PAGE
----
The pension crisis
We have a pension crisis in Canada but because it is unfolding in slow motion few people seem to notice. Crises created by natural disasters — earthquakes, hurricanes, wildfires — and sudden and immediate. Attention is riveted on the victims and the frantic relief efforts to help them.
By contrast, the pension crisis is taking years to unfold. But it is gradually eating away at our social fabric and threatens to place immense financial strains on an aging population in the years ahead.
This crisis does not make headlines but if you read the newspapers carefully you will find new evidence of it almost every day. Last week, for example, a small item in The Globe and Mail Report on Business revealed that Canadian Pacific is targeting its burgeoning pension plan deficit in current negotiations with the Teamsters union. CP says it has had to borrow $1.3 billion in the past two years to fund the plan, an expense that is “not sustainable or desirable”.
The company wants to move to a less costly defined contribution (DC) plan for new unionized hires. Unlike defined benefit (DB) plans, a defined contribution plan does not guarantee any specific pension income at retirement. The payments are based on a combination of the amount contributed and the performance of the invested assets.
As in most of these cases, CP says it is willing to protect the pensions of current workers. It’s the new people who will be affected.
This is one of the reasons why this trend is taking so long to hit a critical stage. It will be several decades before all the current employees with DB plans reach the end of their working lives. So it won’t be until sometime after 2035 that we start to feel the real effects of this cosmic shift in the pension world.
But make no mistake about it — it’s coming. It may be hard to believe but only 38 per cent of Canadians have any kind of pension plan at all. Moreover, most of those people are in the public sector. Pension coverage among private employers is only 25 per cent. In the public sector, 84 per cent of workers have a pension plan, most of which are funded in part by taxpayer dollars.
There has already been criticism of the gap between private sector plans and what are perceived as “rich” public service plans. In a 2010 report, the Certified General Accountants Association of Canada (CGA-Canada) said: “The present pension system in Canada has produced pension ‘haves’ and ‘have-nots’ — at one end of the spectrum are public sector employees who enjoy the security of government-guaranteed DB pension plans and on the other end of the spectrum are some private sector employees having no income or retirement security whatsoever.”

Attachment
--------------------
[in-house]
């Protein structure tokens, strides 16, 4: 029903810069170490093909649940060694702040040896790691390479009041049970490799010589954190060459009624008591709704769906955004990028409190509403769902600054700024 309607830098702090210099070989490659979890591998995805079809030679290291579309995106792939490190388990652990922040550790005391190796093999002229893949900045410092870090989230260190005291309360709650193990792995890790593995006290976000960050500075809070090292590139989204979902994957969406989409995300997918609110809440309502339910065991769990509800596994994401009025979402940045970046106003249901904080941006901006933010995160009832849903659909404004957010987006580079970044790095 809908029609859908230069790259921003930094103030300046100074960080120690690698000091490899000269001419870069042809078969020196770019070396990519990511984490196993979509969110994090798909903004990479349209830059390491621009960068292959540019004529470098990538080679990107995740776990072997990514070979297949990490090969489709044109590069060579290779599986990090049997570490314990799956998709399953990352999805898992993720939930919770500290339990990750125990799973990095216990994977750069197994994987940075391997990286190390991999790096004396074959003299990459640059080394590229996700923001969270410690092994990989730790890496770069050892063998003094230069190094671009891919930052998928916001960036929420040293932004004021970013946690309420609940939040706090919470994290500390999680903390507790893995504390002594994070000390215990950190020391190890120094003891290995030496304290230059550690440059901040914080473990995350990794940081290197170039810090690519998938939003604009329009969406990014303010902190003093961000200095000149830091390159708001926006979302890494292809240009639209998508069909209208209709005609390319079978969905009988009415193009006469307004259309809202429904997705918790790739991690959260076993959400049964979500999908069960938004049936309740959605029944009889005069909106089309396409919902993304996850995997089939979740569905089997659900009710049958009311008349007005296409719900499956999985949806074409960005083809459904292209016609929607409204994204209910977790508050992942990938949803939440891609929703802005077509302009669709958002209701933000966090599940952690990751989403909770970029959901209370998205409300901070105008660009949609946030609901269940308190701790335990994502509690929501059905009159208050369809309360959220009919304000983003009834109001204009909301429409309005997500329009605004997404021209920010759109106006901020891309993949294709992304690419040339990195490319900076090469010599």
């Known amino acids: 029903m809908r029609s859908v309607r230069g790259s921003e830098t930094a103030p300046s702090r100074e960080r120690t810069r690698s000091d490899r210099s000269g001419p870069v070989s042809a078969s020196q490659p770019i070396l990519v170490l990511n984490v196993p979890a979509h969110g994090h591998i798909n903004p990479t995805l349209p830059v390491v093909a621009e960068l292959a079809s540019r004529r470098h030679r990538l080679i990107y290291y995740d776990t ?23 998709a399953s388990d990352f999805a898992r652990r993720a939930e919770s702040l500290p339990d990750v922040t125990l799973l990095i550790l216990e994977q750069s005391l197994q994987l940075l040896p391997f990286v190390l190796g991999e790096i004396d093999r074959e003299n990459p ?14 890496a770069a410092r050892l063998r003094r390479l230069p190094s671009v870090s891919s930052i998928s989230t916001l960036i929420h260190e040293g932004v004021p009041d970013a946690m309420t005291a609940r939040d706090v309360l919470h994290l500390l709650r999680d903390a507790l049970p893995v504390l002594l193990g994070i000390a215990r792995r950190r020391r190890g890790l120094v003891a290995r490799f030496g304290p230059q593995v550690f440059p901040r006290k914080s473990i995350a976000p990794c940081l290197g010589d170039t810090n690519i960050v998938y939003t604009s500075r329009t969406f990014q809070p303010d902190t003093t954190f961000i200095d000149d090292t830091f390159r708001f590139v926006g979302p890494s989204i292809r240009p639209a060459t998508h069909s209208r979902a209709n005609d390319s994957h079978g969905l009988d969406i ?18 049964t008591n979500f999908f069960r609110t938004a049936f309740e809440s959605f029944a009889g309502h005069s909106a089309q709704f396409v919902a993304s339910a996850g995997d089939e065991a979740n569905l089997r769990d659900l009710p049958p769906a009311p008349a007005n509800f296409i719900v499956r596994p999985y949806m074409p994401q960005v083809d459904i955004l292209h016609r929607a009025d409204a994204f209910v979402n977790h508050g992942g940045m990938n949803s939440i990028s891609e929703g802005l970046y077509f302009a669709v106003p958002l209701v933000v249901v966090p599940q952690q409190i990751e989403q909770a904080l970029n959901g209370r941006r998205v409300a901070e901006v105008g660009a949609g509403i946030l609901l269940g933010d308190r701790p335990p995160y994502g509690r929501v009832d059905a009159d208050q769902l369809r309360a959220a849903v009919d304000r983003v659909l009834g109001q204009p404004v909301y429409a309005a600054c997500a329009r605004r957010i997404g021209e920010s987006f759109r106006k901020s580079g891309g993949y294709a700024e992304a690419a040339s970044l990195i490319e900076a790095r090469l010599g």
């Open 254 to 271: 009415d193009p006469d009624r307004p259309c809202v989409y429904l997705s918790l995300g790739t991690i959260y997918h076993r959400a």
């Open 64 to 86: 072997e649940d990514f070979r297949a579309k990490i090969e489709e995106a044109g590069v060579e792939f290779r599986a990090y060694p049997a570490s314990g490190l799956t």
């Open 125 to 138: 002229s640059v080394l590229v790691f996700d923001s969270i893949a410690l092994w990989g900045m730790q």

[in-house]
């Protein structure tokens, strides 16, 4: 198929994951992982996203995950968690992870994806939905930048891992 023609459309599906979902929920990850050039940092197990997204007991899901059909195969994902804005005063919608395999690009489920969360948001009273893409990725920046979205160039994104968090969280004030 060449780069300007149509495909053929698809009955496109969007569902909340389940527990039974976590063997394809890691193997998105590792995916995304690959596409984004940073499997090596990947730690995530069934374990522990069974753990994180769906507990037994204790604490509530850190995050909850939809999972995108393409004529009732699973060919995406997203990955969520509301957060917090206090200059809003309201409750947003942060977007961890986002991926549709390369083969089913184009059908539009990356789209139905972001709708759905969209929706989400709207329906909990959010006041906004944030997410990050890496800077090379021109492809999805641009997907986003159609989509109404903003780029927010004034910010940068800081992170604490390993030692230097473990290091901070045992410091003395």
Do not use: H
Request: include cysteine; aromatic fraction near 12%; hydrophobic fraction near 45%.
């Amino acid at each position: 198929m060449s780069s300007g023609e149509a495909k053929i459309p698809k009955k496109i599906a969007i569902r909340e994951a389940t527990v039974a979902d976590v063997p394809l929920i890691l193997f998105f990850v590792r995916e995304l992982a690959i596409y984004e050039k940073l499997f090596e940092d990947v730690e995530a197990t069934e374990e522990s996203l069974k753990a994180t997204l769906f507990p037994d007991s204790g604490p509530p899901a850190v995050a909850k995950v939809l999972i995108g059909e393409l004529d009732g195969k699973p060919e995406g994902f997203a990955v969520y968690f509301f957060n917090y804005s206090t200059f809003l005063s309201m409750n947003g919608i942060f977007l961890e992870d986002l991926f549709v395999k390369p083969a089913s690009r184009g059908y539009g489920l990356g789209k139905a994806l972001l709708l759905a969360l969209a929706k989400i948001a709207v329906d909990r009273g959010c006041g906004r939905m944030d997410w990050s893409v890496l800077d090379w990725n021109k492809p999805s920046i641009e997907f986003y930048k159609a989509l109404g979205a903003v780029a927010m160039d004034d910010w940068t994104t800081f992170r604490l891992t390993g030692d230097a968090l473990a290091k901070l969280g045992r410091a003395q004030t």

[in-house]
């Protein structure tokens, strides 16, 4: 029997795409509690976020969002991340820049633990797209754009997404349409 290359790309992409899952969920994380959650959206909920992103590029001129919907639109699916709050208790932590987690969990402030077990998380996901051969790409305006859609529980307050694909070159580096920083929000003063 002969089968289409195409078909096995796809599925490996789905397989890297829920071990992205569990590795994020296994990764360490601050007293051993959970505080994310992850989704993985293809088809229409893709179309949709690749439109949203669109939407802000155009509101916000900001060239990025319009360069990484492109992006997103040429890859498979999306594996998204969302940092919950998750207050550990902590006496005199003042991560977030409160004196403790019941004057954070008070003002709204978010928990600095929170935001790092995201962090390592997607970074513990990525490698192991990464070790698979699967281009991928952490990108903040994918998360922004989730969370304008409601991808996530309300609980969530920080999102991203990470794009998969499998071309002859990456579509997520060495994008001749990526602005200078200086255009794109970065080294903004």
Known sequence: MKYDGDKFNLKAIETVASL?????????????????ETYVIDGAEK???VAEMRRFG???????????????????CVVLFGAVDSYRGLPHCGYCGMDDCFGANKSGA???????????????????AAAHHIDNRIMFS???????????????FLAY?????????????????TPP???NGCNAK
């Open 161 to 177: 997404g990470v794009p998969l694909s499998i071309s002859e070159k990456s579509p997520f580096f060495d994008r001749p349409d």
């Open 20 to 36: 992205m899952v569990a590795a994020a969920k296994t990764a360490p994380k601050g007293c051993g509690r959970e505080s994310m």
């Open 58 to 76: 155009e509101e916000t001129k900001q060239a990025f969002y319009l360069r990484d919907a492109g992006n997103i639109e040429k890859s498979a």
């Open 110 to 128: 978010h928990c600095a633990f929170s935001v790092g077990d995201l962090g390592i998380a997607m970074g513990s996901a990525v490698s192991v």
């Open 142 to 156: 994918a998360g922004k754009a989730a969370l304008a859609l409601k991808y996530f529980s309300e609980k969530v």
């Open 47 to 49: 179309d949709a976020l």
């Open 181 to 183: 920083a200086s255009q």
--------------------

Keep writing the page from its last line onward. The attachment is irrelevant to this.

The 2011 Pension Risk Survey published by human resources consulting firm Towers Watson reported that 51 per cent of private sector defined benefit plan respondents have now converted their plans to defined contribution for current or future employees. That was up from 42 per cent in 2008 and a press release issued by the company said there is no indication the trend is relenting.
Towers Watson described the future of defined benefit plans as being at “a tipping point”, saying that private sector employers have “crossed a pension Rubicon”. Ian Markham, Canadian Retirement Innovation Leader at Towers Watson, added: “This year’s survey results show that employers planning a conversion to DC are intent on doing so regardless of whether economic conditions improve, or a more sponsor-friendly legislative environment appears, or even in lieu of less dramatic changes to plan design or investment strategy.”
The federal government’s proposed Pooled Retirement Pension Plan (PRPP) system is intended to expand pension coverage in the private sector by introducing a low-cost, low-maintenance program for small businesses and the self-employed. But even if it finds wide acceptance — which is questionable at best — these will be DC plans with no guarantees at the end of the day. If the savings are badly managed, many people are going to be disappointed, disillusioned, and financially strapped when they retire.
There are no easy solutions to this crisis. But recognition that it exists is an essential first step. The federal and provincial governments should be given credit for at least addressing the issue, even if the initial “solution” — PRPPs — is imperfect. But a lot more work is needed.
As far as individuals are concerned, the only logical course for non-pension plan members is to increase their focus on retirement savings. In 1997, 45 per cent of employed Canadians contributed to RRSPs. By 2008, that number had dropped to 39 per cent. If that pattern continues, the crunch may come even sooner than expected.
Gordon Pape’s new book Retirement’s Harsh New Realities: Protecting Your Money in a Changing World is available for pre-publication order here.